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The Short Answer

Navigating NAV

We delve into the similarities and differences between stock price and net asset value, as well as some better tools for gauging a fund's attractiveness.

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Question: Why don't you show 52-week high and low NAVs on your fund quote pages?

Answer: Many people think of a mutual fund's net asset value the same way they think of a company's stock price. But there are some crucial differences between the two. Here, we'll examine those differences and why they are key to answering the question. We'll also explore better ways to qualitatively evaluate mutual funds and measure their performance.

How Is NAV Like a Stock Price?
There are similarities between a mutual fund's net asset value and a stock's share price. Each represents the price of one share of an investment. For a stock, this is simple: A share of  Apple (AAPL) (as of May 29, 2015) cost $130.28--that's the price at which investors were willing to buy or sell one Apple share.

A mutual fund's per-share NAV is similar, but slightly different. A fund's net asset value is calculated by taking the value of its assets (such as stocks, bonds, and cash), subtracting its liabilities (such as expenses), and dividing by the total number of shares outstanding. For example, as of the Dec. 31, 2014, semiannual report Dodge & Cox files with the Securities and Exchange Commission,  Dodge & Cox Stock (DODGX) had net assets of $60.26 billion and 333.04 million shares outstanding, which yields a net asset value of $180.94.

Stock Price and NAV Move for Different Reasons
That's where the key similarities between a stock price and NAV end, however. Stock prices are influenced by the forces of supply and demand, whereas a fund's popularity--or lack thereof--has no bearing on its NAV. When more investors become bullish on the company, its stock price rises because the company has a finite number of shares in the open market. If a company wants to change the overall number of shares, it would need to issue more shares, which would lower the stock price, or buy back more shares in the marketplace, which would increase it (other things being equal).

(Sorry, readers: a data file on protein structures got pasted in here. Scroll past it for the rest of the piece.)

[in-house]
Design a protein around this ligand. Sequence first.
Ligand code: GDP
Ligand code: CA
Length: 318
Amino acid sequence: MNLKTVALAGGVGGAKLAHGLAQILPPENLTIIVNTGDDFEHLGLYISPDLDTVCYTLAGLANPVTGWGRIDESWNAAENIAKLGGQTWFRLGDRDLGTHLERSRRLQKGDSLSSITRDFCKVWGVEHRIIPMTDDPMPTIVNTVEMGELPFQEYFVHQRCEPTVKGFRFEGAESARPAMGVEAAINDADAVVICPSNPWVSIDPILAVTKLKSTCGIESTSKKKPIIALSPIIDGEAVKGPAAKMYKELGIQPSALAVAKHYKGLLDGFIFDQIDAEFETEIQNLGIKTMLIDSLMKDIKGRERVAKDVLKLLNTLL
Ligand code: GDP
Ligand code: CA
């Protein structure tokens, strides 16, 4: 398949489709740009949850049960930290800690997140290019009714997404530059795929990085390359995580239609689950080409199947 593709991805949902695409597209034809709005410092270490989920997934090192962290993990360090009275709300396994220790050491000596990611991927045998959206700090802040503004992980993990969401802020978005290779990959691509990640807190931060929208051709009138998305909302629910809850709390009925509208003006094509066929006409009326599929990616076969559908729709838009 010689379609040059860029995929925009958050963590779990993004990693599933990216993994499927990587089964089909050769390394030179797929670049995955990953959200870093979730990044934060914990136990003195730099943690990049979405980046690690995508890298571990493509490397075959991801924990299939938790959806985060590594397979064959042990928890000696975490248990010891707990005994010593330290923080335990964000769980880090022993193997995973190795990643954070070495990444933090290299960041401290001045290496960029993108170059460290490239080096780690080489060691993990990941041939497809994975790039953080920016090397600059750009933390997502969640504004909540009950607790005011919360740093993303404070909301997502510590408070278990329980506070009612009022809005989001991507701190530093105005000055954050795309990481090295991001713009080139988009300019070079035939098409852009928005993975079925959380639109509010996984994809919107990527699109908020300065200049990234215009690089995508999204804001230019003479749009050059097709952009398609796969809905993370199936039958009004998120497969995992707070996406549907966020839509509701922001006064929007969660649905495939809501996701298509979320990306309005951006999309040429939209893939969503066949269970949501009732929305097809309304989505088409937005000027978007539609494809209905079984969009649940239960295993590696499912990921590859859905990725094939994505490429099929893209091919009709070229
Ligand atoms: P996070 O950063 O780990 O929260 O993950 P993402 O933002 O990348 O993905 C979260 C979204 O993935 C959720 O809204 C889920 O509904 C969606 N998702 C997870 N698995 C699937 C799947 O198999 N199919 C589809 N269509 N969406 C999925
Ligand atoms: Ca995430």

A mutual fund's per-share NAV, on the other hand, isn't affected by whether investors are buying in droves or redeeming their shares. An open-end fund creates new shares when new money is invested, and when investors redeem their shares, the fund pays them their money back, normally by dipping into cash on hand or selling securities to raise cash. A fund's net asset value increases or declines if the value of the underlying securities increases or declines or if the fund makes a distribution to shareholders, which we will explain next.

Distributions Will Reduce a Fund's NAV
Another difference between stock share prices and NAVs: Mutual fund NAVs can be affected by the consequences of tax regulations. Stock share prices aren't--at least not directly. When a mutual fund sells a security for a profit--say it buys a company for $10 and sells it when it's trading at $15--it can't retain that $5 gain but instead must distribute it to shareholders in the form of a capital gain. Such distributions reduce a fund's NAV but don't have a direct impact on a fund's published total return. (Note: These distributions usually happen in December, so if you're shopping for a mutual fund for a taxable account late in the year, you may want to time your purchase after this payout has occurred to avoid paying taxes on the distribution, especially since, as a new shareholder, you weren't even around to reap the gains! You can find information about fund distributions, including the total amount and scheduled payout date, on the fund company's website.)